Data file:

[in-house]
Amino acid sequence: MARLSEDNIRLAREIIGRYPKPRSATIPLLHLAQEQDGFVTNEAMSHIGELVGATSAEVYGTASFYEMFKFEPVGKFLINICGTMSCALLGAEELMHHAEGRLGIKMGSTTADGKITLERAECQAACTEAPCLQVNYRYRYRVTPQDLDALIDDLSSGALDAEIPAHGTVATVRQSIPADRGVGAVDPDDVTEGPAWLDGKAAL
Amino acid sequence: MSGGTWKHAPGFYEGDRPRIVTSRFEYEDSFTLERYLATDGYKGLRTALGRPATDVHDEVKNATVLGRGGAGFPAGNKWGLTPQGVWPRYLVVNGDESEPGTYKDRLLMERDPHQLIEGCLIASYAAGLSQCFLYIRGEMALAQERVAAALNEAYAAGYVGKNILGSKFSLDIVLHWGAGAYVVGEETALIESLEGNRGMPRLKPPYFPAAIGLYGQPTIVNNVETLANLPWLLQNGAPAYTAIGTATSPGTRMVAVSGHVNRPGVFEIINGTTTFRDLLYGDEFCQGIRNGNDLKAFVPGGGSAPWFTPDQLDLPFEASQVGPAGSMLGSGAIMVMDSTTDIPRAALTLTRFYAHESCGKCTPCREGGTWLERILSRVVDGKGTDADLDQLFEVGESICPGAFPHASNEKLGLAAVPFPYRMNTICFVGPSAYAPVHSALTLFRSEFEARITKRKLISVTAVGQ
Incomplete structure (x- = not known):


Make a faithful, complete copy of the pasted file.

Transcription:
[in-house]
Amino acid sequence: MARLSEDNIRLAREIIGRYPKPRSATIPLLHLAQEQDGFVTNEAMSHIGELVGATSAEVYGTASFYEMFKFEPVGKFLINICGTMSCALLGAEELMHHAEGRLGIKMGSTTADGKITLERAECQAACTEAPCLQVNYRYRYRVTPQDLDALIDDLSSGALDAEIPAHGTVATVRQSIPADRGVGAVDPDDVTEGPAWLDGKAAL
Amino acid sequence: MSGGTWKHAPGFYEGDRPRIVTSRFEYEDSFTLERYLATDGYKGLRTALGRPATDVHDEVKNATVLGRGGAGFPAGNKWGLTPQGVWPRYLVVNGDESEPGTYKDRLLMERDPHQLIEGCLIASYAAGLSQCFLYIRGEMALAQERVAAALNEAYAAGYVGKNILGSKFSLDIVLHWGAGAYVVGEETALIESLEGNRGMPRLKPPYFPAAIGLYGQPTIVNNVETLANLPWLLQNGAPAYTAIGTATSPGTRMVAVSGHVNRPGVFEIINGTTTFRDLLYGDEFCQGIRNGNDLKAFVPGGGSAPWFTPDQLDLPFEASQVGPAGSMLGSGAIMVMDSTTDIPRAALTLTRFYAHESCGKCTPCREGGTWLERILSRVVDGKGTDADLDQLFEVGESICPGAFPHASNEKLGLAAVPFPYRMNTICFVGPSAYAPVHSALTLFRSEFEARITKRKLISVTAVGQ
Incomplete structure (x- = not known):